As recently as last week, the asking price had been listed as £10,399 -- the same as the Indian Scout (also due to arrive UK dealerships in March). Both machines will be equipped with ABS, to adhere to impending EU legislation, and as such cost comparatively more than their U.S. counterparts.
I find it interesting and perhaps a little concerning that Victory has chosen to slash £400 from the Gunner's asking price before …

Ours is to scream against standardisation

I've mentioned before my love of El Solitario –– a custom-builder from Spain whose work is part of a movement in motorcycles that I love. Here's an interesting little film about him that talks, of course, about motorcycles but also about art and its relevance. 
Subversively, this little film also explains why I need to improve my Spanish and move to Spain.
Who The Fuck is El Solitario from Juan Rayos on Vimeo.

A look back at Motorcycle Live

I went to my first motorcycle show recently: Motorcycle Live. The show takes place in Birmingham every year and is reportedly the country's largest.
I can believe that claim. The show runs for nine days, thereby incorporating two weekends, and when I was there on a Wednesday it was packed. Test rides booked up within minutes, empty places to sit were few and far between, and you had to do some pretty aggressive hovering to be able to sit on the models that appealed to you.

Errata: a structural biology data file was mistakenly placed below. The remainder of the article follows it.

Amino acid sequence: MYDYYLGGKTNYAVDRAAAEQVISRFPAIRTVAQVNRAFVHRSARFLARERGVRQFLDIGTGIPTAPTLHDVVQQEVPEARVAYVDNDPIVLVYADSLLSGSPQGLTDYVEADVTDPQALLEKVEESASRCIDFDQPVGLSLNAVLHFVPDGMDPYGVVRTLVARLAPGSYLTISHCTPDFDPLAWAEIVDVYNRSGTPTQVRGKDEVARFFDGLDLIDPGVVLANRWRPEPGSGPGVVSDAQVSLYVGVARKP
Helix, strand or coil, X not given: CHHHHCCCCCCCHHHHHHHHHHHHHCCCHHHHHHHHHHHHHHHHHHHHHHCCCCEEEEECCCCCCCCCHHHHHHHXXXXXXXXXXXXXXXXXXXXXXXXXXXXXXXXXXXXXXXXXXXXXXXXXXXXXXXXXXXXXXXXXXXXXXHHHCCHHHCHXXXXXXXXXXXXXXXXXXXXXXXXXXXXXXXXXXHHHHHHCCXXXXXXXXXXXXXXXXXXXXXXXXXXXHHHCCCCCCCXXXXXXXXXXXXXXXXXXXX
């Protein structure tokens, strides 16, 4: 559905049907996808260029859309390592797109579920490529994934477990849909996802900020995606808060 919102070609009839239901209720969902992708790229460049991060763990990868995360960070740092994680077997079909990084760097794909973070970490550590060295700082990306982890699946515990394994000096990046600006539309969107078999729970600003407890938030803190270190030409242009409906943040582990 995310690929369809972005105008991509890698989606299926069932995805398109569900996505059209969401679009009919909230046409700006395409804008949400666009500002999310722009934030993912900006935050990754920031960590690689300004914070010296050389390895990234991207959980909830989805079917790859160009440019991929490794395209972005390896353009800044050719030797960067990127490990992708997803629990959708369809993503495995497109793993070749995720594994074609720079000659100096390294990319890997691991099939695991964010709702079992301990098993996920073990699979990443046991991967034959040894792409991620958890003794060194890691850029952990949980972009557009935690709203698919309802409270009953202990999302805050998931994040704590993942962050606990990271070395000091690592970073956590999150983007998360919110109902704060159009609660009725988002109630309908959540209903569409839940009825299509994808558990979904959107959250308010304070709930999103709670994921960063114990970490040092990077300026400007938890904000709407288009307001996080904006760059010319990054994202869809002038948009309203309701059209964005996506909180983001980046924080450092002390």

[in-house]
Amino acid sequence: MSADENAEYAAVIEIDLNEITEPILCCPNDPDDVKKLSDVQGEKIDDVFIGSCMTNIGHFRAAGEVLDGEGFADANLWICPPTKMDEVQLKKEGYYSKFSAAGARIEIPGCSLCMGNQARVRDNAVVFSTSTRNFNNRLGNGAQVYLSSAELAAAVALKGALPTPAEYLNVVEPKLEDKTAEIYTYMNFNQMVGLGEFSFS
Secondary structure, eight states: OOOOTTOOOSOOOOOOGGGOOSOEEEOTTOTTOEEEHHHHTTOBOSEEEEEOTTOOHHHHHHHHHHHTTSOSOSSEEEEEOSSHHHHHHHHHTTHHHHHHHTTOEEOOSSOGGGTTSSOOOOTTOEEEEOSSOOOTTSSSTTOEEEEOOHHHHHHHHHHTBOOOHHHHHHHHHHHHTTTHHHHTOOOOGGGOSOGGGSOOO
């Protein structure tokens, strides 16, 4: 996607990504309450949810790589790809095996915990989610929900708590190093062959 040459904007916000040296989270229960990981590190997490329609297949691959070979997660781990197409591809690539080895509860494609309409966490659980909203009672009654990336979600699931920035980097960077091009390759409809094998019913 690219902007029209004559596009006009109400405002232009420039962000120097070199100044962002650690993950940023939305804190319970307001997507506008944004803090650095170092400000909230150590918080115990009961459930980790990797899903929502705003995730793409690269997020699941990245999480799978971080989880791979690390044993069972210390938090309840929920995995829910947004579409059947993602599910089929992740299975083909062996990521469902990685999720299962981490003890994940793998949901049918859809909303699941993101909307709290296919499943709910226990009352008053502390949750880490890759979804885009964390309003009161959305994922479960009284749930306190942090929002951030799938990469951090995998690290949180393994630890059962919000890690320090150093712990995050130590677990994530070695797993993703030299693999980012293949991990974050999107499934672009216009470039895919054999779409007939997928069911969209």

The models of motorcycles, that is. As opposed to the other type of model. I'm not sure we would have been allowed to sit on the underfed girls who prowled the convention halls shoving leaflets into people's hands.
I can't find any recent figures, but in 2011 the show drew more than 112,000. If you consider that the European economy has improved (just a tiny bit) since then, and there have been a huge number of new and interesting bikes announced this year, it's safe to say they are on track to …

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Ride review: Triumph Bonneville

"OK," I said. "I want one." "Well, you know, maybe you should ask your wife first." "She loves Triumphs," I said. "Still, Chris. You should give it a think. Go home, discuss it with your wife, give yourself a chance to think clearly. After all, this is one of Triumph's most popular models; there's plenty of stock available."
The voice of reason in that conversation was Drew, the salesman at Bevan Motorcycles. He was doing his best to talk some sense into me after my test ride of the 2014 Triumph Bonneville. I was wild-eyed and yammering like a teenage boy who has touched boobies for the first time. This, my friends, is what the Bonneville does to you. It is an instantly rideable, instantly enjoyable, instantly lovable motorcycle that surprises you in just how good a simple motorcycle can be.

The Bonneville, of course, is a storied machine that's been around in one form or another for 55 years. It is a classic. Partially b…